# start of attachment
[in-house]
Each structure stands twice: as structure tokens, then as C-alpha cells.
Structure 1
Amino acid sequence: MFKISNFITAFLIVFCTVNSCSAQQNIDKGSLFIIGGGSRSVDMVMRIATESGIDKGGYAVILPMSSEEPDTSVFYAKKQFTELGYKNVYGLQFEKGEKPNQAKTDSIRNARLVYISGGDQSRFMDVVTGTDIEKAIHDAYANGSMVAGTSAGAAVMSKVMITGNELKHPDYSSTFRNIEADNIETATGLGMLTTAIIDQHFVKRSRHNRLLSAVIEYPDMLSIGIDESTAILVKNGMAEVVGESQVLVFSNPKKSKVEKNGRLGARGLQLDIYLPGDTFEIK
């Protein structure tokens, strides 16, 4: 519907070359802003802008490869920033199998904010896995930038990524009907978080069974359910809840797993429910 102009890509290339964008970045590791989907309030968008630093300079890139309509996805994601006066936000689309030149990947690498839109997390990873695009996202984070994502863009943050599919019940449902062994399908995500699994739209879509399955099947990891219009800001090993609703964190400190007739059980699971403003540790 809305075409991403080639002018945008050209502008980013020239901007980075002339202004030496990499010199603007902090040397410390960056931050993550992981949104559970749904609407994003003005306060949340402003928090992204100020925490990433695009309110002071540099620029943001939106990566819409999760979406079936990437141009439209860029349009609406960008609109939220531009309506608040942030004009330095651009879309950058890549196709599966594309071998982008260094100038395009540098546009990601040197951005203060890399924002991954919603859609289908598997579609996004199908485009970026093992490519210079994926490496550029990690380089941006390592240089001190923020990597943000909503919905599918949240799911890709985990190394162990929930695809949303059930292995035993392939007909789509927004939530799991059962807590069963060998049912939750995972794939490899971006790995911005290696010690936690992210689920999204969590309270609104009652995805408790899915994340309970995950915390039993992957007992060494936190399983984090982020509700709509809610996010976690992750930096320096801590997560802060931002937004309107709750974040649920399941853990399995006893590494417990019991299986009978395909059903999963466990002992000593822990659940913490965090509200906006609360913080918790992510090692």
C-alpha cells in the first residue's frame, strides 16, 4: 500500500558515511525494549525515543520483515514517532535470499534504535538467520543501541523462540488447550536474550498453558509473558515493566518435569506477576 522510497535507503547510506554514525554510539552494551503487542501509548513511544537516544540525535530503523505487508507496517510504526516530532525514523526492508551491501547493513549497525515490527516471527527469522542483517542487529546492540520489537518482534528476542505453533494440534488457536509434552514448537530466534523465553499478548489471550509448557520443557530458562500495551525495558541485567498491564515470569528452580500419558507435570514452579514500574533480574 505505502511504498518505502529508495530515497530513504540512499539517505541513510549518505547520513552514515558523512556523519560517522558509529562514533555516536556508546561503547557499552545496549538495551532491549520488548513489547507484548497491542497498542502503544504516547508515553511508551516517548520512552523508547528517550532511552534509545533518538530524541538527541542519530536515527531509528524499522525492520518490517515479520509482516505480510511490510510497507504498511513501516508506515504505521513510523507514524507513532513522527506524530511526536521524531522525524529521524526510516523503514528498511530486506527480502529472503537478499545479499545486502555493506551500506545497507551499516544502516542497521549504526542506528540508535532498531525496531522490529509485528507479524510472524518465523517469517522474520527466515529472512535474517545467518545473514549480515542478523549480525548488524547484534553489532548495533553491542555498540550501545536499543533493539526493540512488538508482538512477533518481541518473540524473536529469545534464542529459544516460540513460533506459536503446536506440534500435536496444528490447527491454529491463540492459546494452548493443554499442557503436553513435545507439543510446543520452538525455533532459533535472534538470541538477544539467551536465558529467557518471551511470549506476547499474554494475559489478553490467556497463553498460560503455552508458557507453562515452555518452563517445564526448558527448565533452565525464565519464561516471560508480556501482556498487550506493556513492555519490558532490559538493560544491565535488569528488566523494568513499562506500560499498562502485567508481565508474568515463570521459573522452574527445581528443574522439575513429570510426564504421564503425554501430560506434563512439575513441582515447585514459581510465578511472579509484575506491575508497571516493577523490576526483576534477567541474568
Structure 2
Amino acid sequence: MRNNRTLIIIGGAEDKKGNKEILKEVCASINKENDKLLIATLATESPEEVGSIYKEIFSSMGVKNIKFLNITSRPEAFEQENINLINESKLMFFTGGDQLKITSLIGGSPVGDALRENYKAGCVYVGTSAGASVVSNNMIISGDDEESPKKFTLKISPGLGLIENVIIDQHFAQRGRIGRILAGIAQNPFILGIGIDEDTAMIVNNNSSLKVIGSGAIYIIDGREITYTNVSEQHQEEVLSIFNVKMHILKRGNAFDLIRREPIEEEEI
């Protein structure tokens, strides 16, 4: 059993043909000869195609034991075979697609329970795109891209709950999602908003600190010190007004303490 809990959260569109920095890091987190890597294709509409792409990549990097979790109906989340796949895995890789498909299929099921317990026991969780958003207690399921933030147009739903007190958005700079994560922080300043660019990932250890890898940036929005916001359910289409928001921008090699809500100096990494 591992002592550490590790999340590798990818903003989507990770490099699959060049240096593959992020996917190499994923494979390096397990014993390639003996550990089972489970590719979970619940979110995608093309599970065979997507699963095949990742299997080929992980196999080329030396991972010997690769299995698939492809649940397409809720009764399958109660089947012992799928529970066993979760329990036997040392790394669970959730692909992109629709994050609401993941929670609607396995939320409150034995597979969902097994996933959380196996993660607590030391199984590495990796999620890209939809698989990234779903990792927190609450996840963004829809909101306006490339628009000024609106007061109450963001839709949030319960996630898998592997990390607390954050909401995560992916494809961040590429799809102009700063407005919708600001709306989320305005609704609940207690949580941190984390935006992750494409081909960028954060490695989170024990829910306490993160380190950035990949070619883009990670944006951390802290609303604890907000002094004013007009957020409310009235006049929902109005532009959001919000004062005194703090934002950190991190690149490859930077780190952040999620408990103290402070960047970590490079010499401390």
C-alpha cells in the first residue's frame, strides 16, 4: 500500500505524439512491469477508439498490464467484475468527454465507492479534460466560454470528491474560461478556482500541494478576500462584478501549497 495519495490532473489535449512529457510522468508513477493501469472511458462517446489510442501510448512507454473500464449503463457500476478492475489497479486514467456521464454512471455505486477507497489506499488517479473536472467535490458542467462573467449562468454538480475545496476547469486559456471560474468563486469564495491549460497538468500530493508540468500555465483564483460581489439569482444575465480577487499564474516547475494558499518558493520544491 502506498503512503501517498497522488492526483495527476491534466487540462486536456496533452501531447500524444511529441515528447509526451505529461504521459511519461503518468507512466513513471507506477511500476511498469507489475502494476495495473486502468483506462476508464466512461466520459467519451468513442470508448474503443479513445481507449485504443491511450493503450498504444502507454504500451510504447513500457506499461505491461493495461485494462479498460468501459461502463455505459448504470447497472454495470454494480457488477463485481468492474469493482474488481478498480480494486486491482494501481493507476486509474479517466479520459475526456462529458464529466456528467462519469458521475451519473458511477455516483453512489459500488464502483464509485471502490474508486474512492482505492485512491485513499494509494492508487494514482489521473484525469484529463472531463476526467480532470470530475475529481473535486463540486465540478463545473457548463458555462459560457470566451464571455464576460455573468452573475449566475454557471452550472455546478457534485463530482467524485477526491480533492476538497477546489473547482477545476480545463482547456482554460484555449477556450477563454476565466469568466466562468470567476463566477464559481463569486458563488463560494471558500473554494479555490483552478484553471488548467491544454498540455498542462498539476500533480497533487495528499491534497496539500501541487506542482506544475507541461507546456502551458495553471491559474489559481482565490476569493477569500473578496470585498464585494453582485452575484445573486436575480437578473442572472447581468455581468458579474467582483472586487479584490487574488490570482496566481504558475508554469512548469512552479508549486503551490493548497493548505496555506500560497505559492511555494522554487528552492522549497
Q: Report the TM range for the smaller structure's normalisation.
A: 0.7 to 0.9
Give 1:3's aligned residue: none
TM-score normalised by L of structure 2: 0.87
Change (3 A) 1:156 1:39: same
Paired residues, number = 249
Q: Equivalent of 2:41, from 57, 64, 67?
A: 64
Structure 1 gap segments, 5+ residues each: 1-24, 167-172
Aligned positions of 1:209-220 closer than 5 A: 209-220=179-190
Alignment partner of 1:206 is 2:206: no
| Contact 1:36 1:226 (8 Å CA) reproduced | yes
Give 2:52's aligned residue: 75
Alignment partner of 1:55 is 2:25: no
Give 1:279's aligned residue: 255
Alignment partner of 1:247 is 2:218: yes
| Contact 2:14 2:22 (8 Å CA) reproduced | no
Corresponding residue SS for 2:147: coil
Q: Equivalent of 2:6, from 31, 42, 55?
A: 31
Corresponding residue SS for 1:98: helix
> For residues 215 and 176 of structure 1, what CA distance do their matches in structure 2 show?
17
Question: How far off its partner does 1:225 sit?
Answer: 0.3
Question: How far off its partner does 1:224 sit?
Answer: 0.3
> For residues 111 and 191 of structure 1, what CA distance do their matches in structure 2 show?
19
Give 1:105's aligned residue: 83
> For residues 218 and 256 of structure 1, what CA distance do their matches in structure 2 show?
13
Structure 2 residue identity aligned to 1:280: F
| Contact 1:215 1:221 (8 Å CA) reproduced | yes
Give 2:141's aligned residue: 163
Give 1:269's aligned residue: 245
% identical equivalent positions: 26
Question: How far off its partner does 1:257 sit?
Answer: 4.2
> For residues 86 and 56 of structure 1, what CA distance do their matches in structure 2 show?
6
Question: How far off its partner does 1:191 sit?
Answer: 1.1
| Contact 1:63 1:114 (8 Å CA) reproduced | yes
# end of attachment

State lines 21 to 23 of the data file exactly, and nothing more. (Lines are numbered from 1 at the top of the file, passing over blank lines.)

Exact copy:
Alignment partner of 1:206 is 2:206: no
| Contact 1:36 1:226 (8 Å CA) reproduced | yes
Give 2:52's aligned residue: 75